A deck of cards is a strange and wondrous thing; literally an item of infinite possibilities. There are more ways to shuffle a deck of cards than there are atoms on Earth! It is unlikely that any person will ever see the same shuffled pattern in their lifetime, even though the cards themselves don’t change. Each card and the deck itself is full of interesting tidbits, stories, and facts; and one of the most intriguing is that of the Suicide King.
Playing cards arrived in Europe from China in the late 14th century. The decks then were uneven in number and design until about 1567when a Frenchman called Pierre Marechal began to standardize the look and number of the cards. Marechal’s designs are widely regarded as the predecessor to our modern Anglo-Saxon decks. But as it happens with designs that are copied or remade, elements change and move, and in no design is this more prominent than in the design of the King of Hearts.
The King of Hearts, like all face cards, is purported to be modeled on great rulers; and in Hearts’ case, that ruler is said to be Charlemange, aka Charles the Great, first Emperor of the Holy Roman Empire. Modern historians now dispute the origin of this information in a “which came first the card image or the association” way; claiming that the image has been so obscured by time and copying it is now impossible to tell.
The earliest depictions of His Majesty contain the majority of recognizable elements we know today: belt, crown, patterned cloak held in a visible hand. From the late 15th century to the modern age there are three major features that morph into the figure of today’s card: his moustache, the weapon, and its placement. In those first images, His Majesty is shown with a full beard and moustache holding aloft a battle axe. This image persisted over several iterations of the deck until approximately the 16th century Spanish version in which the moustache begins to disappear, but the battle axe remained. Over more centuries, as the versions begin to merge and standardize, the beard grows smaller and the moustache disappears entirely, and while the weapon changes hands and shape in some versions, it remained a battle axe. Around 1800 the battle axe became a sword, and the placement changed from over his head to disappearing behind his head.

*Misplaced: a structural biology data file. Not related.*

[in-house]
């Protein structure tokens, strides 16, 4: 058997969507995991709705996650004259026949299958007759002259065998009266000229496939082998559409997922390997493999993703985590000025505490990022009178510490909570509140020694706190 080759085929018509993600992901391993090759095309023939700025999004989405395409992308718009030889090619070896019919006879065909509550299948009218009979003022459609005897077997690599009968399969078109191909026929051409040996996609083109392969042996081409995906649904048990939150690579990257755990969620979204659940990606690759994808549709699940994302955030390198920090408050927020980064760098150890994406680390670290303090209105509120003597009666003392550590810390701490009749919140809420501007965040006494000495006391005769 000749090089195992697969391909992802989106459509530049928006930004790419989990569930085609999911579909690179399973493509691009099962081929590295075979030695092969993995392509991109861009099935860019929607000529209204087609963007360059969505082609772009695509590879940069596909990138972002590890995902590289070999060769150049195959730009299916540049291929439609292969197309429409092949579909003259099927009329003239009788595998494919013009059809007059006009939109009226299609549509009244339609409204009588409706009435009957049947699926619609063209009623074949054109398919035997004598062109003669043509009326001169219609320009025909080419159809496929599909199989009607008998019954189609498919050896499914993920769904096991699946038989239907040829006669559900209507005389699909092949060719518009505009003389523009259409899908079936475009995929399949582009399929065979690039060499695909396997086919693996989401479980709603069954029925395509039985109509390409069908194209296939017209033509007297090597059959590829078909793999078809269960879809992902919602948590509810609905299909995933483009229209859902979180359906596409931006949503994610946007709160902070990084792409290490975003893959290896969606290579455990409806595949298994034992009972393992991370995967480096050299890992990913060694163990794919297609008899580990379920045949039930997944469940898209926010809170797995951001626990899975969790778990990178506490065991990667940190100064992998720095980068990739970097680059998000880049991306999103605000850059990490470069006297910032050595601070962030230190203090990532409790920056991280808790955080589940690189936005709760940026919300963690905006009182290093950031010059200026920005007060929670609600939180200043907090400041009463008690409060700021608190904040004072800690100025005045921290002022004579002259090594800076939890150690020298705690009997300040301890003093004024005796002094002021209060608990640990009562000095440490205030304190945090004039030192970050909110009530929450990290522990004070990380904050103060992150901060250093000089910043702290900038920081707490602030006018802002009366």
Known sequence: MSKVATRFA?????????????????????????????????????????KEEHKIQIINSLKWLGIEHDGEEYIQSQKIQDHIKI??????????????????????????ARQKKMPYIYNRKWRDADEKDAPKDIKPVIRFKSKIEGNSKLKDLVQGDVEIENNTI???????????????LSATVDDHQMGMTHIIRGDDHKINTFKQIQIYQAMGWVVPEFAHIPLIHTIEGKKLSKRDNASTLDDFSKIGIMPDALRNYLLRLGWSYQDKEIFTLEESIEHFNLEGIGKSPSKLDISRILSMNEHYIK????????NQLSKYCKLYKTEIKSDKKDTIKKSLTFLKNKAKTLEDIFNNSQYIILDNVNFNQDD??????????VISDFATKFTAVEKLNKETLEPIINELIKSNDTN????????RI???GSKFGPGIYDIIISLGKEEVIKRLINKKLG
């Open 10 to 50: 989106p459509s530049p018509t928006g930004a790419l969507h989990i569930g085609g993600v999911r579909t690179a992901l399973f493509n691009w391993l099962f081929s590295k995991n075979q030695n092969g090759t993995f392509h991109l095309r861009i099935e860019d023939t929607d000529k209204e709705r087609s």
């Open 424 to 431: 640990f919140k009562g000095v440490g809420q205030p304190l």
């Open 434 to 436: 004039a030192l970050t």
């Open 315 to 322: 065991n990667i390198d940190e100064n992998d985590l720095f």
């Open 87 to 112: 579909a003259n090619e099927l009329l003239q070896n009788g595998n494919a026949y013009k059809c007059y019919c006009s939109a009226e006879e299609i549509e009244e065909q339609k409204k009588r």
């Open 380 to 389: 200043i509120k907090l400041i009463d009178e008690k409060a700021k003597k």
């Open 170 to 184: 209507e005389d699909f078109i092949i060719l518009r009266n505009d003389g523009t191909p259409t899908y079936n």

It would be super satisfying if these changes were accompanied by a magnificent story, right? Creepypasta Wiki (referenced below) gave one: a full account of Charlemanges’ mental illness, his final heartbreaking days, and ultimate suicide by sword... It is a fantastic story! It is also absolute fiction. Easily debunked, but a fun read.
So, what is the truth behind these changes? Simple printing error. Kinda anticlimactic, huh? But it is the only offered explanation anywhere, and we are left to presume that the nickname evolved over time and took its place in our lexicon. Today, the Suicide King is one of the most frequently called ‘wild cards’ in poker, is a popular title in other media for the image it projects.
Every time a deck of cards is shuffled a different pattern emerges, but the Suicide King will always be a part of that pattern. Give him a little extra care the next time you hold him, he got where he is by accident.